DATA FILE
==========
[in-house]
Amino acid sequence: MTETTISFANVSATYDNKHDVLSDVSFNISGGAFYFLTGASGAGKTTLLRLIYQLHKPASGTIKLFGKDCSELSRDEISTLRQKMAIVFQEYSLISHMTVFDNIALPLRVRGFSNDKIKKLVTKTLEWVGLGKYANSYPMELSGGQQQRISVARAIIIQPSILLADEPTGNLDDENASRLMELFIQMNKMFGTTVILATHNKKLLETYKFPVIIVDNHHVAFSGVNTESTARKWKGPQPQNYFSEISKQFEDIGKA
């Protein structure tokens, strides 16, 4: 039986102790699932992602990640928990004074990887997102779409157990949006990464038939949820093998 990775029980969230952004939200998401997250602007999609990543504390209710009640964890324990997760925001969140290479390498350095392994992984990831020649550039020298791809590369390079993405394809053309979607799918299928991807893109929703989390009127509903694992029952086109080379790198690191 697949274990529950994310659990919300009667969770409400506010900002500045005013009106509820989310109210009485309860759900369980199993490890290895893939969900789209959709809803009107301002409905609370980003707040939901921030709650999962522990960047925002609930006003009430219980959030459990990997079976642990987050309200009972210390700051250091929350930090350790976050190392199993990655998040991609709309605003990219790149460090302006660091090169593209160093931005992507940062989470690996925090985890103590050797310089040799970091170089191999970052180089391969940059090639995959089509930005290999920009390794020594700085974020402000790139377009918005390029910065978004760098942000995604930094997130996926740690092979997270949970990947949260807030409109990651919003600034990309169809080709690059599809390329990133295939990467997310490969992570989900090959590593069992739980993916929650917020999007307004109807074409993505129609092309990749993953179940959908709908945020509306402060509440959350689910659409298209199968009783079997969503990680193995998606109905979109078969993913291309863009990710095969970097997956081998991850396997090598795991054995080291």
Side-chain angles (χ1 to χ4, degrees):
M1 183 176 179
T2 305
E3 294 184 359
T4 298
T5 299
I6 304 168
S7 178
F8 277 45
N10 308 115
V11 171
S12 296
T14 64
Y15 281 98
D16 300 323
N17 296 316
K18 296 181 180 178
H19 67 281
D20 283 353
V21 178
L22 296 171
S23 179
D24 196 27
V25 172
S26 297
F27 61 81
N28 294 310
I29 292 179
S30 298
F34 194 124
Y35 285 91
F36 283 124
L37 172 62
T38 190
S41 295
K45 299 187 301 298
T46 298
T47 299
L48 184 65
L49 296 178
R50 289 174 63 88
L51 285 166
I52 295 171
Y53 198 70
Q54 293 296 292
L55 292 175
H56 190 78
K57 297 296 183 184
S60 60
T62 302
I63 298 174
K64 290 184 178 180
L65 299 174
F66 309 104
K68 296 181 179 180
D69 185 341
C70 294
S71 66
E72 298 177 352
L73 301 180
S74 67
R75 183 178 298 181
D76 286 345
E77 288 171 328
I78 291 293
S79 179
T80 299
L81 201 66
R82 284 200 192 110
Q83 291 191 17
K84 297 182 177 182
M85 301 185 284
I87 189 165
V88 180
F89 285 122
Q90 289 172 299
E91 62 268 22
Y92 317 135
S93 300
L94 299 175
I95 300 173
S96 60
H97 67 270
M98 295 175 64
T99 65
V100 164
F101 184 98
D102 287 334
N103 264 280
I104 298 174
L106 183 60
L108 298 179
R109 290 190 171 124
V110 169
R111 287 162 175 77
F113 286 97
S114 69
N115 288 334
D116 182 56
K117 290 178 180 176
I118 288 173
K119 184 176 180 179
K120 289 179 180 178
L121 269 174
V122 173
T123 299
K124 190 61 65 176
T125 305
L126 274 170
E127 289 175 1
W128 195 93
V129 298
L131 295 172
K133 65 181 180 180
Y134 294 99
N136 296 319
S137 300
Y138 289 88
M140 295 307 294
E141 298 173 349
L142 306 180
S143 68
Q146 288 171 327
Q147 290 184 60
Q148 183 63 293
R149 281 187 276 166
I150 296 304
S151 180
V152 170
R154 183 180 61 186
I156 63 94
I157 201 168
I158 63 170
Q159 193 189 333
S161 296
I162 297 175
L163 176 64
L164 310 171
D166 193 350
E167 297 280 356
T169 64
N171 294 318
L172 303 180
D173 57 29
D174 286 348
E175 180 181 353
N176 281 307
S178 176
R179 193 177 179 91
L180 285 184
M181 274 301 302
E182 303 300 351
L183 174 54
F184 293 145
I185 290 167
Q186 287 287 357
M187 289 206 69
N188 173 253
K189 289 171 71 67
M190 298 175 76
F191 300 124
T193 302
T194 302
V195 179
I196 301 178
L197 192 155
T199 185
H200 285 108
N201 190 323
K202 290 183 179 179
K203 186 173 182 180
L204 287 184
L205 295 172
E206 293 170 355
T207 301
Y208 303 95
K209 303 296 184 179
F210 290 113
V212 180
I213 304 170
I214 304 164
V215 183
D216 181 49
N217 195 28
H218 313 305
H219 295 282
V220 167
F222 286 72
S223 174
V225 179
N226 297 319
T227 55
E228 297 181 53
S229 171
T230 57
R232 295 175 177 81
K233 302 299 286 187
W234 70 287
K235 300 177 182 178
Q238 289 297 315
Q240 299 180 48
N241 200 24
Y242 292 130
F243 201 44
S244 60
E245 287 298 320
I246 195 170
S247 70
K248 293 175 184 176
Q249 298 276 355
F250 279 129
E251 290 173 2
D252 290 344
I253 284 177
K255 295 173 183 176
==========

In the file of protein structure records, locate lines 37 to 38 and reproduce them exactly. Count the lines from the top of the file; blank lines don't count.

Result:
T38 190
S41 295